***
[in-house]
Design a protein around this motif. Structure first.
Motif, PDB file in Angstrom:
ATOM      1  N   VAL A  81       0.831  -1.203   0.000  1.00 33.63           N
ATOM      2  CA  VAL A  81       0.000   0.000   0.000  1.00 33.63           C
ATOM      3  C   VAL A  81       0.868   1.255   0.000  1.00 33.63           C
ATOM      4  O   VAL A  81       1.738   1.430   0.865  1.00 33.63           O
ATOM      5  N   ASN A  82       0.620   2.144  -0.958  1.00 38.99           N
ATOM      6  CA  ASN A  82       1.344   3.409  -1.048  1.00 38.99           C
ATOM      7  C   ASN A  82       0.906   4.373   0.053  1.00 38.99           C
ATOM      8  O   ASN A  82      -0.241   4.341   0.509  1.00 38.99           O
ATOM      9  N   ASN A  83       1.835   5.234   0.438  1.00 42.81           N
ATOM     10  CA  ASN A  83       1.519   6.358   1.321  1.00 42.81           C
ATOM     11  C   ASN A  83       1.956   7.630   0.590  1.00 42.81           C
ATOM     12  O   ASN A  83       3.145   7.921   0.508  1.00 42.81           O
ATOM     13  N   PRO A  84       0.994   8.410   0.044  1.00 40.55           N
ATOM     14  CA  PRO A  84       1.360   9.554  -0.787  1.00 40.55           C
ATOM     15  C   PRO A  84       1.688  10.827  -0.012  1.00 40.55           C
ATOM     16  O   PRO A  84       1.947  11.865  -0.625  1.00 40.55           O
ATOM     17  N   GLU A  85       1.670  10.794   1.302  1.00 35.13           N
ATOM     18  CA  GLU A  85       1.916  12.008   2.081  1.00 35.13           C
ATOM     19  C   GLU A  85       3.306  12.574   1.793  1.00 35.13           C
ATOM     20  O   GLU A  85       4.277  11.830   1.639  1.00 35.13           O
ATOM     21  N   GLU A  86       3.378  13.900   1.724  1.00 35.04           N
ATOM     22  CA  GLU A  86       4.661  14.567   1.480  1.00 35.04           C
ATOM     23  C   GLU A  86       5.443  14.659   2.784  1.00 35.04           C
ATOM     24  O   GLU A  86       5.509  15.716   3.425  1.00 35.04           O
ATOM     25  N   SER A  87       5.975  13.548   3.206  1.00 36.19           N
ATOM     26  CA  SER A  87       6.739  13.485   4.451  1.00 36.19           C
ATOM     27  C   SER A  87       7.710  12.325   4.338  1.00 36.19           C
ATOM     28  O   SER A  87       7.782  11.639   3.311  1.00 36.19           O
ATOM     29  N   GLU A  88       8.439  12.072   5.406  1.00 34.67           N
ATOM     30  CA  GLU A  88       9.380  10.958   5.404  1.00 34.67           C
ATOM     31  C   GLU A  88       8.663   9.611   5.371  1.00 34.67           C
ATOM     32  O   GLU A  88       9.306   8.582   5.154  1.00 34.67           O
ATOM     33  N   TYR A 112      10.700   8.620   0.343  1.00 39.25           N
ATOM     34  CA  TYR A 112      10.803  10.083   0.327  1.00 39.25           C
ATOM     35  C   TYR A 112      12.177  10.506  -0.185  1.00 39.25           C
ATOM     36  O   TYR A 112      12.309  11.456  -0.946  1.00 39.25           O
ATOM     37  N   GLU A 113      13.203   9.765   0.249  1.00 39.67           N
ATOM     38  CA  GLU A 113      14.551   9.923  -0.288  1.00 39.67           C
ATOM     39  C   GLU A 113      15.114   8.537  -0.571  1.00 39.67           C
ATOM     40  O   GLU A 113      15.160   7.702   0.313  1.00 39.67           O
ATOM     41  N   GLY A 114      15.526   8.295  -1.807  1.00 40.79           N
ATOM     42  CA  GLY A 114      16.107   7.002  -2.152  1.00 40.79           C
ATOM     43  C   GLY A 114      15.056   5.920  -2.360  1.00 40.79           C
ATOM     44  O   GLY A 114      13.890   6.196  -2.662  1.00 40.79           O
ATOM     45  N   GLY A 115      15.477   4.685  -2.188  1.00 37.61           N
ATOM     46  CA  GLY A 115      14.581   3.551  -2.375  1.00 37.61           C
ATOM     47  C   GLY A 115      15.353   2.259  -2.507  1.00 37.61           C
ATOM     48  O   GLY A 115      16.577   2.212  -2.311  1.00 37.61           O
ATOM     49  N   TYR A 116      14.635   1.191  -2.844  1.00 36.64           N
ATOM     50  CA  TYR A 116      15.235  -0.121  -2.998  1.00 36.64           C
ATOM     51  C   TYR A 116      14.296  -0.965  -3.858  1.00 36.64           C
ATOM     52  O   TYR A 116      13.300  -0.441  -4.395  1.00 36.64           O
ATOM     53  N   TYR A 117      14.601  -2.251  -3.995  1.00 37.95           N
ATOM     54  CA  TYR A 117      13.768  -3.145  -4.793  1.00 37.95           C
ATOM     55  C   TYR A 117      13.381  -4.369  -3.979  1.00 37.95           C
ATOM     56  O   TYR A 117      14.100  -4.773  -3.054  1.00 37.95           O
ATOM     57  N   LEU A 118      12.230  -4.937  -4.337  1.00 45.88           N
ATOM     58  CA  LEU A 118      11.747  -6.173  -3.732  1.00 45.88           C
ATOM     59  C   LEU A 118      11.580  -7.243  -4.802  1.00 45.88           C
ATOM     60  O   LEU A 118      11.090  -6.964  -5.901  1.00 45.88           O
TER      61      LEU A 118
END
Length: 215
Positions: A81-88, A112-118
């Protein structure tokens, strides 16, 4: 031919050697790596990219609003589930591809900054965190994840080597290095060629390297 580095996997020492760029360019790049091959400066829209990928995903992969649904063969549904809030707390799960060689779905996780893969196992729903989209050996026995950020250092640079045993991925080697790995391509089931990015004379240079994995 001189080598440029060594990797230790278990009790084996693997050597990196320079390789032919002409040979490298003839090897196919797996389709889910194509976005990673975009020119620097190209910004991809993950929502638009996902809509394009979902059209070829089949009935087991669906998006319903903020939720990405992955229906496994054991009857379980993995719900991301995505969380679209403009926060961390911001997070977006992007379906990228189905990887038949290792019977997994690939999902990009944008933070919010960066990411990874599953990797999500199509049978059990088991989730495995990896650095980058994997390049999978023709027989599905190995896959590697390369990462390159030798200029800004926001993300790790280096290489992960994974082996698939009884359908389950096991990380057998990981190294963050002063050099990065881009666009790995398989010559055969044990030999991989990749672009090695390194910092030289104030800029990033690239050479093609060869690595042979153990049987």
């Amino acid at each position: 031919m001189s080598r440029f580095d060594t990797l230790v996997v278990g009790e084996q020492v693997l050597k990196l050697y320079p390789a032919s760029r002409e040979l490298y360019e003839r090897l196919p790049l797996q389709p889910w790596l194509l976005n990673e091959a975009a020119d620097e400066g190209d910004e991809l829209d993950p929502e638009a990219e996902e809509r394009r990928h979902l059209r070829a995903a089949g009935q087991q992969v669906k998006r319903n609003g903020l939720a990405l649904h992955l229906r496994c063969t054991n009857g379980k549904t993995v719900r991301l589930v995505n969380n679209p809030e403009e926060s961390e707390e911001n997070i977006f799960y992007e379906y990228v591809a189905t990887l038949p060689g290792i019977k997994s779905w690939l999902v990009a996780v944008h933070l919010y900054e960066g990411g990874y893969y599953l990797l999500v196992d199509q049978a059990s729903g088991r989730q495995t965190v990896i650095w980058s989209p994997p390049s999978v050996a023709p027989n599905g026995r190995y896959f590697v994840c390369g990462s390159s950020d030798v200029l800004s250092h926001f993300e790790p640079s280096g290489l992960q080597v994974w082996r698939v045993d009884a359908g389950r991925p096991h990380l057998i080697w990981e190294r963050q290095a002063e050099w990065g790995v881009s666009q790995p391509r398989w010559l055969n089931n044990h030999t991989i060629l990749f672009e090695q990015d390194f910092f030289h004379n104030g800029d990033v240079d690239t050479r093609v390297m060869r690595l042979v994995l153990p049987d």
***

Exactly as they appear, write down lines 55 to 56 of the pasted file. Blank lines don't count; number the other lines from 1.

ATOM     52  O   TYR A 116      13.300  -0.441  -4.395  1.00 36.64           O
ATOM     53  N   TYR A 117      14.601  -2.251  -3.995  1.00 37.95           N